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Diabetes

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Symptoms of Diabetes. Increased thirst (polydypsia) Increased urination (polyuria) ... (with symptoms) 126 mg/dL. Diabetes. 140-199. 100-125 mg/dL. Impaired ... – PowerPoint PPT presentation

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Title: Diabetes


1
Diabetes
  • Michele Ritter, M.D.
  • Argy Resident February, 2007

2
Definition of Diabetes
  • A chronic metabolic condition characterized by
    elevated circulating glucose concentrations
    resulting from the insufficient supply or action
    of the hormone insulin.
  • Insulin
  • Stimulates glucose uptake by peripheral tissues
    (mainly skeletal muscles)
  • Suppresses endogenous glucose production (but
    hepatic glycogenlysis and gluconeogenesis)
  • Suppreses lipolysis in adipocytes and proteolysis
    in muscle.

3
Effects of Diabetes
  • Toxic effects of hyperglycemia on blood vessels
    results in chronic vascular complications.
  • Diabetic retinopathy
  • Diabetic neuropathy
  • Diabetic nephropathy
  • Poor wound healing
  • Cardiovascular disease

4
Symptoms of Diabetes
  • Increased thirst (polydypsia)
  • Increased urination (polyuria)
  • Weight loss despite increased food intake
  • Fatigue
  • Poor wound healing
  • Blurred vision
  • Nausea/vomiting (if in Diabetic ketoacidosis)

5
Diagnosis of Diabetes
  • American Diabetes Association and the World
    Health Organization

6
Diagnosis of Diabetes (cont.)
  • Fasting no food/drink for 8 hours
  • These tests should be repeated on additional
    visit to verify.
  • HgbA1C is NOT recommended for diagnosis!

7
Diabetes Type 1
  • Destruction of the pancreatic beta cells, leading
    to absolute insulin deficiency
  • Type 1A - due to autoimmune destruction of the
    pancreatic beta cells
  • Can check for islet-cell antibodies, anti-insulin
    antibodies, antibodies to glutamic acid
    dehydrogenase (anti-GAD)
  • Type 1B idiopathic
  • Have an absolute requirement for insulin, and
    will develop ketoacidosis if they dont receive
    it.
  • Adult-onset Type I Diabetes
  • Is actual cause of diabetes in 7.5-10 of
    previously diagnosed Type II diabetes in adults
  • Often found in non-obese adults
  • Diagnosed by positive auto-antibodies (especially
    anti-GAD)

8
Diabetes Type 2
  • The most common cause of Diabetes
  • Variable degrees of insulin resistance and
    deficiency
  • Typically present with hyperglycemia, and not
    ketoacidosis (though type II can go into diabetic
    ketoacidosis!)

9
Diabetes Other Causes
  • Gestational Diabetes
  • Placenta produces anti-insulin antibodies at
    times bodys own pancreatic function is unable to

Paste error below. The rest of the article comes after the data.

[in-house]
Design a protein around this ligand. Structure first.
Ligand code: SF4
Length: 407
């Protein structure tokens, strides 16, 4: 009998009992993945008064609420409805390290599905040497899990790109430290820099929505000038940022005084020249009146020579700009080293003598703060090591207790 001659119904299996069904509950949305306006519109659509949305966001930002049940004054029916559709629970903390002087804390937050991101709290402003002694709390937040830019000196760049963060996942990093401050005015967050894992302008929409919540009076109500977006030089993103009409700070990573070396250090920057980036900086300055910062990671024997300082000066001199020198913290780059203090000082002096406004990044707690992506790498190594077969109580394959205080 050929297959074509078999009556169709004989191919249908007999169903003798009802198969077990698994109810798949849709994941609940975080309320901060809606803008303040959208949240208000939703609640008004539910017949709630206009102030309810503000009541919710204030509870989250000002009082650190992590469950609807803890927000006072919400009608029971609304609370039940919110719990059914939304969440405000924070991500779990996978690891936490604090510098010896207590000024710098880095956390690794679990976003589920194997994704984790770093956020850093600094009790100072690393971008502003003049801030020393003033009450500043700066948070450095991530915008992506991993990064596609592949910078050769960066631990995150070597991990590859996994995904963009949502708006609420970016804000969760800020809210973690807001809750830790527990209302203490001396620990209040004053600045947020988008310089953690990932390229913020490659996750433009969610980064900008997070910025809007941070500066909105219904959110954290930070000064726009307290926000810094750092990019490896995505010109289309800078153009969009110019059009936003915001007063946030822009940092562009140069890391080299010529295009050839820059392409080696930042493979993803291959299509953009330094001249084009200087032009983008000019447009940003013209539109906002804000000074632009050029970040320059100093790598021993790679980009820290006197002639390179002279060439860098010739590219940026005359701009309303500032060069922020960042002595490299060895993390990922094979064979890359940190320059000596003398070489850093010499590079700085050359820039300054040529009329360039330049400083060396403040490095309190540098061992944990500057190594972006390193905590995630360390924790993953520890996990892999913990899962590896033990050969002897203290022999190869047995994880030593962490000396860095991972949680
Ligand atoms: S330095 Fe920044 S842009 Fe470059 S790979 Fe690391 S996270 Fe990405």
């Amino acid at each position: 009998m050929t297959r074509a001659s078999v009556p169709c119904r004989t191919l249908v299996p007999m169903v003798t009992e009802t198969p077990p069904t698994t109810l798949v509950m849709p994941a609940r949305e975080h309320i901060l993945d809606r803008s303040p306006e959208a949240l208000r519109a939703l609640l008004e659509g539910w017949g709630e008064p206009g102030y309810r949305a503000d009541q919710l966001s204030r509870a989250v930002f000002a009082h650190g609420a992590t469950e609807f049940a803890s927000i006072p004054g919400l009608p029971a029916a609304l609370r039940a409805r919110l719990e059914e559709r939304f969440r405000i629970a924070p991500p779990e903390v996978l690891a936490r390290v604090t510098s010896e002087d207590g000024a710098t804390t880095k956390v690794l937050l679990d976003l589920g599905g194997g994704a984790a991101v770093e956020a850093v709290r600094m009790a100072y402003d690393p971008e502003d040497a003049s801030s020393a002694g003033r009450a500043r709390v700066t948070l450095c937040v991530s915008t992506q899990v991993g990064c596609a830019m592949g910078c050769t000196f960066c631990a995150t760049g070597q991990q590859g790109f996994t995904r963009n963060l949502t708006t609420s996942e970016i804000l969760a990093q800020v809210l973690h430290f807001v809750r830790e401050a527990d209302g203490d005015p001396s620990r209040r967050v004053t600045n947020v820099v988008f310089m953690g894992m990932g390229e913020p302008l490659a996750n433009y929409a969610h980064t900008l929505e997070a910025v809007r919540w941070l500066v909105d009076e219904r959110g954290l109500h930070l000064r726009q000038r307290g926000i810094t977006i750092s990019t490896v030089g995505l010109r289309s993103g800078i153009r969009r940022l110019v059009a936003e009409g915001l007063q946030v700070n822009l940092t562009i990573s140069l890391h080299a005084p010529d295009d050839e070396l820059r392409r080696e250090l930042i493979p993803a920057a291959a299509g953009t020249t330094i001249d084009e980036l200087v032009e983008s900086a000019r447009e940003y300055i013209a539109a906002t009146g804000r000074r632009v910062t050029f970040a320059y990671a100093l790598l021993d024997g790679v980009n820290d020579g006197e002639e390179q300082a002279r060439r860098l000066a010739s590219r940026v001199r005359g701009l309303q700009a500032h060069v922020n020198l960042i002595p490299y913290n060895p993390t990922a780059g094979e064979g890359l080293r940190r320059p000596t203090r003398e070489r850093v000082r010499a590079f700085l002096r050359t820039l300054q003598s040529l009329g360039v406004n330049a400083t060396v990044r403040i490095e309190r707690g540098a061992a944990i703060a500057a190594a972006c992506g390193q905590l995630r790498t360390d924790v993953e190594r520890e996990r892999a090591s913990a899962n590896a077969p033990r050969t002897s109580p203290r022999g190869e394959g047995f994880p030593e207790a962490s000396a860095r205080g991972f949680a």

keep up with them
  • Occurs in 2.1 of women, usually in 2nd or 3rd
    trimester
  • Drug-Induced
  • Steroids!
  • HIV meds protease inhibitors, pentamadine
  • Atypical anti-psychotics (Clozapine)
  • Tacrolimus, Cyclosporine
  • Niacin
  • Hemochromatosis
  • Cushings Syndrome
  • Acromegaly
  • Chronic pancreatitis

10
Health Maintenance in Diabetic Patient
  • Question tobacco use Smoking cessation!
  • Diet and Exercise
  • Foot care
  • Avoid going barefoot, even in the home.
  • Test water temperature before stepping into a
    bath.
  • Trim toe nails to shape of the toe remove sharp
    edges with a nail file. Do not cut cuticles.
  • Wash and check feet daily.
  • Shoes should be snug but not tight and customized
    if feet are misshapen or have ulcers.
  • Socks should fit and be changed daily.
  • Home glucose log book

11
Health Maintenance in Diabetic Patient
  • Blood Pressure Check
  • Goal is 130/80
  • Dilated eye exam (ophthalmologist)
  • Type 1 within 3-5 years of diagnosis.
  • Type 2 shortly after diagnosis (within months)
  • Both should have subsequent annual eye exams.
  • Foot exam
  • Visual examination of feet at every visit
  • Comprehensive foot exam annually
  • Includes monofilament testing
  • Check skin for integrity, signs of erythema,
    calluses, ulcers

12
Monofilament foot exam
13
Routine Labs in Diabetic Patient
  • Chemistry
  • Annually
  • Watch for increase in creatinine
  • Microscopic urinalysis
  • Watch for protein (microalbuminuria)
  • Best way to catch early signs of nephropathy
  • Annually (or more frequently if abnormal)
  • TSH
  • At least once after diagnosis
  • Fasting lipid panel
  • Every five years, or more frequently if abnormal
  • Goal LDL is lt 100! (or less than lt70)

14
Routine labs in Diabetic Patients (cont.)
  • Hemoglobin A1c
  • Goal is HgbA1c lt7 (or in some cases lt 6.1)
  • Should be checked twice yearly in patients with
    good glycemic control, and quarterly in poorly
    controlled patients, or those changing therapies.

15
Treatment of Diabetes
  • Aspirin (75-325 mg)
  • Given to everyone 40 years, or to those with
    high risk for cardiovascular disease
  • Do not give to patients 21 because of risk of
    Reyes syndrome
  • Oral Therapies
  • Usually lower HgbA1c 1-2
  • Insulin
  • ACE inhibitor!

16
Oral Agents for Type 2 Diabetes
17
Insulin Therapy
  • Required for all Type I Diabetics, and many Type
    II Diabetics
  • Type I Require between 0.5 and 1.0 units of
    insulin per kilogram of bodyweight per day.
  • Types
  • Subcutaneous
  • Pump primarily in Type I diabetics
  • Inhaled (Exubera)
  • Approved by FDA in last year
  • Short-Acting (given before meals)
  • Need PFTs prior to starting

18
Insulin
  • Rapid-Acting
  • Lispro
  • Onset 10-15 min.
  • Peak 1-2 hours
  • Duration 3 5 hours